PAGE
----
Many businesses are making it harder for customers to browse their merchandise.
Over the past 12 months, a large number of retailers announced they were incorporating new measures that helped them track stolen goods, Reuters reported. That made some employees more likely to complain, and frustrated shoppers.
There were some notable exceptions. Kimberly-Clark, the company behind Huggies diapers, said it had implemented these restrictions “to protect the integrity of our brand and customer experiences.” As a result, the company saw a 5 percent rise in sales over the previous year.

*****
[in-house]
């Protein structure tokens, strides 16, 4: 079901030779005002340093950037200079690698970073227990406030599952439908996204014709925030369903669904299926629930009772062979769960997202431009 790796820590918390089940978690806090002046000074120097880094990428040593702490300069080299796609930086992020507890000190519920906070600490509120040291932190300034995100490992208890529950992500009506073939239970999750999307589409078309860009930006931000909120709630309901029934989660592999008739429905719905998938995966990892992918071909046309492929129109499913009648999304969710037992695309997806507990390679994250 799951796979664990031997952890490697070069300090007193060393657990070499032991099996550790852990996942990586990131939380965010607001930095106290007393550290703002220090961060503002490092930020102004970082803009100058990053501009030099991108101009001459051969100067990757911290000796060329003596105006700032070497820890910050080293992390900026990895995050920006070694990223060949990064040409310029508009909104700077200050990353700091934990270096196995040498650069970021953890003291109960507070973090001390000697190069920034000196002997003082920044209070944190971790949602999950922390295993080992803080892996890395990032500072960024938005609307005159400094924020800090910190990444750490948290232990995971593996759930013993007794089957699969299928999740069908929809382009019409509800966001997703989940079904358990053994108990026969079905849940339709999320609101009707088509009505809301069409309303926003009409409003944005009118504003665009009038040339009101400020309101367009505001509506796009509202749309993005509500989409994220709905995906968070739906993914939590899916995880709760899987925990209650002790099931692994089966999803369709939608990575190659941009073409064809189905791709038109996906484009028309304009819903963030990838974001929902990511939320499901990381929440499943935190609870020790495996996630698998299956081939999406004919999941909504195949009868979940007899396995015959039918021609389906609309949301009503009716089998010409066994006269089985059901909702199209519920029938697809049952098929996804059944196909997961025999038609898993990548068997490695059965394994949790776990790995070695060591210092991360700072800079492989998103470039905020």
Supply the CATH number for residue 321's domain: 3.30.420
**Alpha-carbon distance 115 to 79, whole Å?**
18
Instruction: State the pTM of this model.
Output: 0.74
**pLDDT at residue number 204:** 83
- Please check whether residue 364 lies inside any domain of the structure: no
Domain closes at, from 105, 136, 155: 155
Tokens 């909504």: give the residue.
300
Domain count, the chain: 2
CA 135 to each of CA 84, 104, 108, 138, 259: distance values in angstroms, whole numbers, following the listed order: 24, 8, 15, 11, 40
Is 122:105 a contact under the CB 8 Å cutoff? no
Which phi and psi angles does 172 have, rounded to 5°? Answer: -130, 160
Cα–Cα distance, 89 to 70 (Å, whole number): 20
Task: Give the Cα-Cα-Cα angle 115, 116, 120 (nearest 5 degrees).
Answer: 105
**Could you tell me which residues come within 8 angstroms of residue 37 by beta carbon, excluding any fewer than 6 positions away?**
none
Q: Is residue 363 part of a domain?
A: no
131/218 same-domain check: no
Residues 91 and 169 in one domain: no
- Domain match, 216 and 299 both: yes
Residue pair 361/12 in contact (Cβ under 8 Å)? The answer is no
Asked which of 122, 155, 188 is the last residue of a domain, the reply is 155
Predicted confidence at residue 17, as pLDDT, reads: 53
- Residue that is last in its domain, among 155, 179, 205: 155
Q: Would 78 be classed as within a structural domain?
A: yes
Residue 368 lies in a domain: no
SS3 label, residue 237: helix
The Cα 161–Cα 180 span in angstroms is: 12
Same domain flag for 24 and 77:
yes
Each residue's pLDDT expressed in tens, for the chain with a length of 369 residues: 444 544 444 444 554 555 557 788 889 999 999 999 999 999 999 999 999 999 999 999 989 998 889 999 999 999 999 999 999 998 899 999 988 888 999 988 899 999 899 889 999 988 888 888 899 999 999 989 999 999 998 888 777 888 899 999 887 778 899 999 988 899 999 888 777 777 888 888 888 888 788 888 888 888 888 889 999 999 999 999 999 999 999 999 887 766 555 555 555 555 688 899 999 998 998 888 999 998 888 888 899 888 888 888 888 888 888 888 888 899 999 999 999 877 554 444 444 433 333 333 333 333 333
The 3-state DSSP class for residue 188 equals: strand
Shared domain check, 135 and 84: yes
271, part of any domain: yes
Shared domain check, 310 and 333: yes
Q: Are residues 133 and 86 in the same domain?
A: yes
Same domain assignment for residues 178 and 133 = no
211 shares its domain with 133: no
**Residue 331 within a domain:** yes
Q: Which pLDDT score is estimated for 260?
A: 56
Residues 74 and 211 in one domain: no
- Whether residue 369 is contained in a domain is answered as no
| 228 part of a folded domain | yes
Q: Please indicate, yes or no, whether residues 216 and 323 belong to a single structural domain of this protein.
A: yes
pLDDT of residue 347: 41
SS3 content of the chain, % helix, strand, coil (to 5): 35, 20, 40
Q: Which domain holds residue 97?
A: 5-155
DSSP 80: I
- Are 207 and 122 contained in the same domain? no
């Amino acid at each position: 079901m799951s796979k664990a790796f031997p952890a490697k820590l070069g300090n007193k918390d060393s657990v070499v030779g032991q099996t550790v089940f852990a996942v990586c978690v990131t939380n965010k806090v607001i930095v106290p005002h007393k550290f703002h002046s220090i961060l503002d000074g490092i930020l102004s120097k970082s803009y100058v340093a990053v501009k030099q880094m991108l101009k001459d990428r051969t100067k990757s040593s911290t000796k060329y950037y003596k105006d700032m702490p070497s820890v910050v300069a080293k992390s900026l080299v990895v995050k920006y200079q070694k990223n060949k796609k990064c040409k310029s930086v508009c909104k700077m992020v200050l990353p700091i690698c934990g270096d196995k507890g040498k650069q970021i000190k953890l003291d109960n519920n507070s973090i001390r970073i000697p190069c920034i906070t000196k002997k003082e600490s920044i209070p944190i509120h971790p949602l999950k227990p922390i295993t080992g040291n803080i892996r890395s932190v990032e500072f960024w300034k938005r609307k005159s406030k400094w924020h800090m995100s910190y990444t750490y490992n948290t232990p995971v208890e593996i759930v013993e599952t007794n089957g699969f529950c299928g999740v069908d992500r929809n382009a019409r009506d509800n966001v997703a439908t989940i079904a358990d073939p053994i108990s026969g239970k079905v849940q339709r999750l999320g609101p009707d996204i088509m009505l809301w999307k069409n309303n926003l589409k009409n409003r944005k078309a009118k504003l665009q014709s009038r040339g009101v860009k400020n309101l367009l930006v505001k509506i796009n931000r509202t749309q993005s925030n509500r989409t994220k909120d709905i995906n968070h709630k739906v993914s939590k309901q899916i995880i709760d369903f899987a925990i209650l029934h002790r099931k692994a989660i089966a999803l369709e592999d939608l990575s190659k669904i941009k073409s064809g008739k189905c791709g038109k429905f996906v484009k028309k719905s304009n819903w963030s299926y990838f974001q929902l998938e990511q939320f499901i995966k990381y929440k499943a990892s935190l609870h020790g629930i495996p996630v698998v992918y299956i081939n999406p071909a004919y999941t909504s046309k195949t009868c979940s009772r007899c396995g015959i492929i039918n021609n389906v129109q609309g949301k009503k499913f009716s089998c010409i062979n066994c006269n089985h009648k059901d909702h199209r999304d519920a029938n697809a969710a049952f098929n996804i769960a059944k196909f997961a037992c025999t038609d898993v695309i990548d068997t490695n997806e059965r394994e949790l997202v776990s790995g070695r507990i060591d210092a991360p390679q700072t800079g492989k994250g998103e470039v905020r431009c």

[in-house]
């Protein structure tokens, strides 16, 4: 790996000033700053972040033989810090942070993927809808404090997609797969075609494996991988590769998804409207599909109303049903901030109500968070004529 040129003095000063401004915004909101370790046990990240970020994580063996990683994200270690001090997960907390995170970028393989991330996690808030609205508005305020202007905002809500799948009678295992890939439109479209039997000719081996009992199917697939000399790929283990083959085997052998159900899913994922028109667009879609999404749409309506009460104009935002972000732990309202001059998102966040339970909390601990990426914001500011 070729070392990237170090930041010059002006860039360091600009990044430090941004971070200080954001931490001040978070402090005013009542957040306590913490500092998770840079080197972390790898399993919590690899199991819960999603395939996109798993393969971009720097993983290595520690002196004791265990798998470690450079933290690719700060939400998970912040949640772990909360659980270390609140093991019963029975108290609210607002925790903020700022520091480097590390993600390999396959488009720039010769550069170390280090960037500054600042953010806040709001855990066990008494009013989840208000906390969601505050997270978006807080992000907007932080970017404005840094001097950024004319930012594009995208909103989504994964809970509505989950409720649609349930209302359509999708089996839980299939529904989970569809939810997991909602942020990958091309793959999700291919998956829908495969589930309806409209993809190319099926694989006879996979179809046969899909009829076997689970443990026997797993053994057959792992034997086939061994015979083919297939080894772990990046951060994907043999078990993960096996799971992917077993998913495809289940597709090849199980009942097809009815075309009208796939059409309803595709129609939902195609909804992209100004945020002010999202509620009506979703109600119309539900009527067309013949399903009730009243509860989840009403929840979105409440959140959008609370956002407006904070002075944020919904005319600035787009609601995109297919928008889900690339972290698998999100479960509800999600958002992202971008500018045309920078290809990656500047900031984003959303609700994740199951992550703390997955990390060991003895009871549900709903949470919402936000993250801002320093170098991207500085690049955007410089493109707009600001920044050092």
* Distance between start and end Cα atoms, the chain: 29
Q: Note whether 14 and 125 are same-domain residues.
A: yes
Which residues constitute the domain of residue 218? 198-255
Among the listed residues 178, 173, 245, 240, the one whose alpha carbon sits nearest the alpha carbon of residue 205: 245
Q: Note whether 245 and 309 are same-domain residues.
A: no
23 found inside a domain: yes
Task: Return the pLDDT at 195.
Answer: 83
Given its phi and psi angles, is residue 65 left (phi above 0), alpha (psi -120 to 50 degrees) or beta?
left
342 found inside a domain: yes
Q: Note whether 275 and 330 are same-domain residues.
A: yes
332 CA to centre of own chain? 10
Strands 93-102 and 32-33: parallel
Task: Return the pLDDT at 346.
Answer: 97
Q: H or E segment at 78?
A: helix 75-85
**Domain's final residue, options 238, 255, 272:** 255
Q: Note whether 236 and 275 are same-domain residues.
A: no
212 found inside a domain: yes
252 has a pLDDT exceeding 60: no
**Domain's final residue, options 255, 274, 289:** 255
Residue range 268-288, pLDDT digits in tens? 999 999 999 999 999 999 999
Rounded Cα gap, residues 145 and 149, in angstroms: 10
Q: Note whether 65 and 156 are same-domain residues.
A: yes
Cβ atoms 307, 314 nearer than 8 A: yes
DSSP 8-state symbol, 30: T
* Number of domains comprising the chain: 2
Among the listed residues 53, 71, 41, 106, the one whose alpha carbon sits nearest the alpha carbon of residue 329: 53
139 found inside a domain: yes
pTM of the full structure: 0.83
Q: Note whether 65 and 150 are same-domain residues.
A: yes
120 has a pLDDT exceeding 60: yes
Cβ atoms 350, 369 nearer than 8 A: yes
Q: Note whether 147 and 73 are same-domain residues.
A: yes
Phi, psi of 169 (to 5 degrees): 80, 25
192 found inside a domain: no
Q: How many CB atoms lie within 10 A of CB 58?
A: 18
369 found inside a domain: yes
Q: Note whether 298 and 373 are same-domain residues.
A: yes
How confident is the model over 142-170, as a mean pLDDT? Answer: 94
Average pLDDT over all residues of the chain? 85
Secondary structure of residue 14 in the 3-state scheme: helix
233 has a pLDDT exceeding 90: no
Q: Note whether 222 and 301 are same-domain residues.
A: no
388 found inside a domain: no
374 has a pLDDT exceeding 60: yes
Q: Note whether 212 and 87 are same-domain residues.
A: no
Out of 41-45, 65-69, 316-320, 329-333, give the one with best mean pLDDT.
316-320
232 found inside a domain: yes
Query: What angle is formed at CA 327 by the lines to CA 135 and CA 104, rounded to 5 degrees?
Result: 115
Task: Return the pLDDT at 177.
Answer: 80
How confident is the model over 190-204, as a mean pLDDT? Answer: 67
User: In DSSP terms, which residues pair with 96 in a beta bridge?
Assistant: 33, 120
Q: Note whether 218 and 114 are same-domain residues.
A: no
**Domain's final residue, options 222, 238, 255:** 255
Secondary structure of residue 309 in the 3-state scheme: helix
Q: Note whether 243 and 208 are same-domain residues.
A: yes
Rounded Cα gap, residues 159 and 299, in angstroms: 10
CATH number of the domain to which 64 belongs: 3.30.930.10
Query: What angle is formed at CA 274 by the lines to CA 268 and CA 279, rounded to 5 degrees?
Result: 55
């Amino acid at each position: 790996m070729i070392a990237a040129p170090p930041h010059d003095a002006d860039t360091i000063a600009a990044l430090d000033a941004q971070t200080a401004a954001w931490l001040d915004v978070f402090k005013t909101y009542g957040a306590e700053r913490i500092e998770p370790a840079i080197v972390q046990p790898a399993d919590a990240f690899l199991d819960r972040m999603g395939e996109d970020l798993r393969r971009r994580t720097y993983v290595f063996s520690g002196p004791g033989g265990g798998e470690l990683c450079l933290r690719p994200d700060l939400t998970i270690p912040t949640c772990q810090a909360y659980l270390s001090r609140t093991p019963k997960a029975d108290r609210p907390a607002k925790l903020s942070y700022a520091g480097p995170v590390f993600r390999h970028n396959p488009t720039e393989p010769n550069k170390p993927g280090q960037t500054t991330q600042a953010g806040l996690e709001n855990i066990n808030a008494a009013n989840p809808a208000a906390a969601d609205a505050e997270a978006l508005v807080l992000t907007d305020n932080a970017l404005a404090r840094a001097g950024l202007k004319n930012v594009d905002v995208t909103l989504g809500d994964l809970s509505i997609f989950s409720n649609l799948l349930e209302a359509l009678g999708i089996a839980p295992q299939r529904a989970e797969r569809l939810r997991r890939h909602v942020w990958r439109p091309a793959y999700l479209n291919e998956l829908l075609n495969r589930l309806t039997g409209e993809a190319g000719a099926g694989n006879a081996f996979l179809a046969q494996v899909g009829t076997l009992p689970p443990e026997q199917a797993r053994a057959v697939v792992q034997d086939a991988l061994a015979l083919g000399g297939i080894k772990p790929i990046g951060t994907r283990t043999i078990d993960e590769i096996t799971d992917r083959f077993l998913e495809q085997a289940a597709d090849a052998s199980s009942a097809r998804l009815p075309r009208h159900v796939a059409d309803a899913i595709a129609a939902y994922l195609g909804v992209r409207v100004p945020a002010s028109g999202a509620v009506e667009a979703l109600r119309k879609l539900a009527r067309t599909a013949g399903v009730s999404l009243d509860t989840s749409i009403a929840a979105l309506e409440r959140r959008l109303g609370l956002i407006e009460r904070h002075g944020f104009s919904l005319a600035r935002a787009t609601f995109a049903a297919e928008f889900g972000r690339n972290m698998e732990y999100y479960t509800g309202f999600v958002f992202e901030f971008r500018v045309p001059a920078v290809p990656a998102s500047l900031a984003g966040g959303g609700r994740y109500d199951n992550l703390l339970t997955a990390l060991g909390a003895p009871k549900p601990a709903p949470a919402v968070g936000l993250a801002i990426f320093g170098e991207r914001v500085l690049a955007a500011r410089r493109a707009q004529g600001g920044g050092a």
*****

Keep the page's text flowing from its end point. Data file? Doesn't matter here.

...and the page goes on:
Retail security has been raised as inescapable in recent years. Technology that turned registers into banks and credit cards online has made it easier for criminals to steal and sell items. Retailers have had to adapt to this, including by instituting anti-theft measures like the “V-Chip” for tracking mobile phone usage, and being able to remotely disable smartwatches and tablets without user permission.
The sector is even considered less of a “hotbed of crime” than the more technologically advanced ones, according to University of Connecticut criminologist and author Todd Cohen.
With technology continuing to advance and stores unable to afford expensive new measures — security costs hit $150 billion last year, and are projected to jump 10 percent this year — companies are increasingly resorting to taking measures that can only be partially successful.